The International Observatory of Human Rights launched IOHR Ambassadors, a programme dedicated to developing the skills of young people who have a passion for human rights.
“IOHR Ambassadors” gives young people the opportunity to make a difference by shaping the human rights narrative with their own voices.
Participants will be trained and supervised by IOHR staff to organize and lead fun events, creative campaigns, assemblies, learn to use digital media for advocacy, organize vigils and rallies and conduct surveys on various issues related to human rights.
Mrs. Usha Sood an award winning human rights lawyer and a Barrister at Trent Chambers address a room filled with university students aspiring to get involved in IOHR’s human rights campaigns.
Sood spoke about about pivotal cases in her career including work on child abduction cases, dowry recovery, human rights, child and human trafficking, public law cases, and international family and civil law litigation.
“I’m often asked: What does a human rights barrister do?” It ranges from rescue missions of forced marriage, female genital mutilation, trafficking. But I don’t think there is any aspect of human rights law that doesn’t need the cooperation and the support of all human beings,” Sood told a room filled with IOHR Ambassadors.
The presentations were followed by a workshop debate defining what human rights really means to student. The young ambassadors defined human rights using three key words:
‘freedom’ ‘equality’ and ‘un-retractable’
Mrs. Usha Sood, joined Valerie Peay the director of IOHR and the newly initiated IOHR Ambassadors in a stand of solidarity with the Reuters journalists Wa Lone and Kyaw Soe Oo, detained in Myanmar since Dec. 12, 2017.and recently sentenced to seven years on baseless charges.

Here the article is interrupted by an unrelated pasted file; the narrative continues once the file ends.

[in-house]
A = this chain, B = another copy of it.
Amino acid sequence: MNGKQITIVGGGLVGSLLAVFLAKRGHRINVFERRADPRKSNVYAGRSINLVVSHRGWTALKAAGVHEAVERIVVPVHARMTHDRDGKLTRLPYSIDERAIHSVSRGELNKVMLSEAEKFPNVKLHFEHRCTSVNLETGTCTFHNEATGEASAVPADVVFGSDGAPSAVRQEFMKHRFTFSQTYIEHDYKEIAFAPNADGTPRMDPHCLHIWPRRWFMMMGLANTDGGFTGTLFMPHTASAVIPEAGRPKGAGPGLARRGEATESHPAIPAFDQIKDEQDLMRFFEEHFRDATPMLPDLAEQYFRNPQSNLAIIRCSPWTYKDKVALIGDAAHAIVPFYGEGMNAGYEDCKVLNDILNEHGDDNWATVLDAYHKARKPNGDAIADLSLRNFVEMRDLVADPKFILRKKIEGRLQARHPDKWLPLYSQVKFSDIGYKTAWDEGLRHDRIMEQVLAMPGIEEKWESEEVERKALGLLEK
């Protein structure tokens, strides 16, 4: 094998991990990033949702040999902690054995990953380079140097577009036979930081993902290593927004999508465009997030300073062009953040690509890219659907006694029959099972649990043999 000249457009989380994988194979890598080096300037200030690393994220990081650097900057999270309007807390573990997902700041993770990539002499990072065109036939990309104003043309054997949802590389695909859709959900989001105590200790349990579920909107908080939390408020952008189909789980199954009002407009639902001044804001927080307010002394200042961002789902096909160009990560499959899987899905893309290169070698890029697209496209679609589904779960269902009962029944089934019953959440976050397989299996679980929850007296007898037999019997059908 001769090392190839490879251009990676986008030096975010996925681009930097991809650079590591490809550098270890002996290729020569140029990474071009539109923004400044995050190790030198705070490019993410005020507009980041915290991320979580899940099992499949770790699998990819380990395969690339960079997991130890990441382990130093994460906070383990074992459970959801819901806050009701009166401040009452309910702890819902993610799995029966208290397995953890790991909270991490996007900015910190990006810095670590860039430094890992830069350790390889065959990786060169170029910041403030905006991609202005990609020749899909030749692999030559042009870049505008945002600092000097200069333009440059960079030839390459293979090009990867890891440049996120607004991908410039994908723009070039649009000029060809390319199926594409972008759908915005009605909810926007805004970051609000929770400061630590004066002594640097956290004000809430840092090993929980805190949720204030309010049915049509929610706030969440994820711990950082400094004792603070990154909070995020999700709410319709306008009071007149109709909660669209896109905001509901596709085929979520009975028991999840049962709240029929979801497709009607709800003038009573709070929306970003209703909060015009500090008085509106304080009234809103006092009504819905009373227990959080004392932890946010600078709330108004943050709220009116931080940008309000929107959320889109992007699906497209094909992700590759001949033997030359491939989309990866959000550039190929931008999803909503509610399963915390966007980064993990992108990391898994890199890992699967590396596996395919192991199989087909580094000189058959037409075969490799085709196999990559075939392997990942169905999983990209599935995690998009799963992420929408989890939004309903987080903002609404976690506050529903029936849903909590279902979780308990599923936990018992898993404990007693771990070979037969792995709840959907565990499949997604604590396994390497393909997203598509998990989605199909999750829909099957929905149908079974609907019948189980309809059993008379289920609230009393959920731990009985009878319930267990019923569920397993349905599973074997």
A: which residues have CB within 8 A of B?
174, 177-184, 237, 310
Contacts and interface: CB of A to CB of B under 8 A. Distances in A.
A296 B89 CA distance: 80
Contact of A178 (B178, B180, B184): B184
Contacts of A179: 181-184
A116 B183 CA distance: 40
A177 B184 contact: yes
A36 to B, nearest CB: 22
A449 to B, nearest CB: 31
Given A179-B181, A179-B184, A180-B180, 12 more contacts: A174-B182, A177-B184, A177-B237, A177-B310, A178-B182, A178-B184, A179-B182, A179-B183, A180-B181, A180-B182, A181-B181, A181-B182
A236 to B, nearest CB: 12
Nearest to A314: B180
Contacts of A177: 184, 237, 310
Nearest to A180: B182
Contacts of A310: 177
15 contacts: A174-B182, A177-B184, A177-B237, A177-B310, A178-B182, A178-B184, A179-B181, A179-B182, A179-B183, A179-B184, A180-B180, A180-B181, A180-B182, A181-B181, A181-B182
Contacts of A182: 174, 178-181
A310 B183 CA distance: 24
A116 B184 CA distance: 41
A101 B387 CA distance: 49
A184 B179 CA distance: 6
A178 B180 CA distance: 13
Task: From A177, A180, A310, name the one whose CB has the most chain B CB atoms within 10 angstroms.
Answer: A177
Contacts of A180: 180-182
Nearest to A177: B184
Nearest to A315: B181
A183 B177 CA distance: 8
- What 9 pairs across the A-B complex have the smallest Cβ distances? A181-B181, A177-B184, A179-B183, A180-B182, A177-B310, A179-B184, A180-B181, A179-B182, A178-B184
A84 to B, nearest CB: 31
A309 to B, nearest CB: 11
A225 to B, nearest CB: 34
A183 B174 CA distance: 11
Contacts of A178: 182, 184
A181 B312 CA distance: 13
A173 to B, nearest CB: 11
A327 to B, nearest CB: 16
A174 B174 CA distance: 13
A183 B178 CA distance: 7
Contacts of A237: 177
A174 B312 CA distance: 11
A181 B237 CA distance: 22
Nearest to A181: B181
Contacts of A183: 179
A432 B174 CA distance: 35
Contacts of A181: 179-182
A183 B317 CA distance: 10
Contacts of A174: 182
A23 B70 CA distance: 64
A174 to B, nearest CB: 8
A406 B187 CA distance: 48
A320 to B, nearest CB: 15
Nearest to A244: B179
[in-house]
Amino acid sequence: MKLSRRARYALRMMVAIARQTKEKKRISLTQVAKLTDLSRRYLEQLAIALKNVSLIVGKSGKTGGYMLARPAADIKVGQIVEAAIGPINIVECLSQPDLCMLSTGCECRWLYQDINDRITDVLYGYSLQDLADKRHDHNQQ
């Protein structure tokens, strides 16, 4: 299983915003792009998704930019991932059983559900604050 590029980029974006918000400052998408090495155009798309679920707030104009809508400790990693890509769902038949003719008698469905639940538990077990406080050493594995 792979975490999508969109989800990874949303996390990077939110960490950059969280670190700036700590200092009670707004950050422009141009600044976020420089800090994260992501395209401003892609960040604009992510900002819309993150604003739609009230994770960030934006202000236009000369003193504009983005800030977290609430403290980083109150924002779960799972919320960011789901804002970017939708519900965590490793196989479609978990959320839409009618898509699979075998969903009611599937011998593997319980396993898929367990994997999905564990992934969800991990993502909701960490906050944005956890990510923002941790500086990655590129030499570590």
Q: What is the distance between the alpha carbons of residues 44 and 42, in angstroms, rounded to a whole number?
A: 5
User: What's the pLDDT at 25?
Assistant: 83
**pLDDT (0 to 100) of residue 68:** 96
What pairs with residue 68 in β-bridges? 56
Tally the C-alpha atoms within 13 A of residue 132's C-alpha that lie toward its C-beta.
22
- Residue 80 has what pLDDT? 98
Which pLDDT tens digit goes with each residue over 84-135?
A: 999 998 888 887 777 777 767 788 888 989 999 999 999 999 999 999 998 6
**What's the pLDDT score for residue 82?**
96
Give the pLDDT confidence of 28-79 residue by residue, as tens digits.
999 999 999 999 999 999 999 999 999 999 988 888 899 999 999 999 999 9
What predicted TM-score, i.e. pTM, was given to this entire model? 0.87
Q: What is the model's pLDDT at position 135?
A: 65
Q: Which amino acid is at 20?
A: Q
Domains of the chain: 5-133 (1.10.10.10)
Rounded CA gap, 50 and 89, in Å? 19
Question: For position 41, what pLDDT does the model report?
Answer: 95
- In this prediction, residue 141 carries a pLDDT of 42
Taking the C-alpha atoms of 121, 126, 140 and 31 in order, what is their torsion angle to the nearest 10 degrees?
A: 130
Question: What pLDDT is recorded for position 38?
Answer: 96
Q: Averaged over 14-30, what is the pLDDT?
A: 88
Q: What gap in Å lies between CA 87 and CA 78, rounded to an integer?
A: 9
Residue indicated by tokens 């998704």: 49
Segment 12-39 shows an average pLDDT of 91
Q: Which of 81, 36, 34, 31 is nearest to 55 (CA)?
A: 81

The student then discussed the issues they believe should be tackled into the national and global human rights debate.
Louise Pyne-Jones the head of research at IOHR explained to the students their first humanitarian mission which will revolve around conducting a street survey on human rights after Brexit.
Groups of IOHR Ambassadors and staff will take to the street to conduct a public opinion poll to gauge the vibe on the street regarding the UK’s controversial exit from the European Union slated for March 2019.
Valerie Peay, Director of IOHR welcomed the future Ambassadors on board and said,
“IOHR can give the opportunity to young people to work on every aspect of human rights from researching an issue or developing a campaign, rolling it out either on the street or on social media through to creating an event or a web TV programme. We want to build human rights into everyone’s social DNA and the IOHR Ambassadors will get the experience they can utilize in their careers.”
This is just the first opportunity of many that the IOHR Ambassadors will receive along their journey to better understand issues that threaten their rights.
They Ambassadors will also participate in workshops conducted by IOHR’s team of award-winning journalists, receive internships and develop a variety of skills useful to their studies and careers.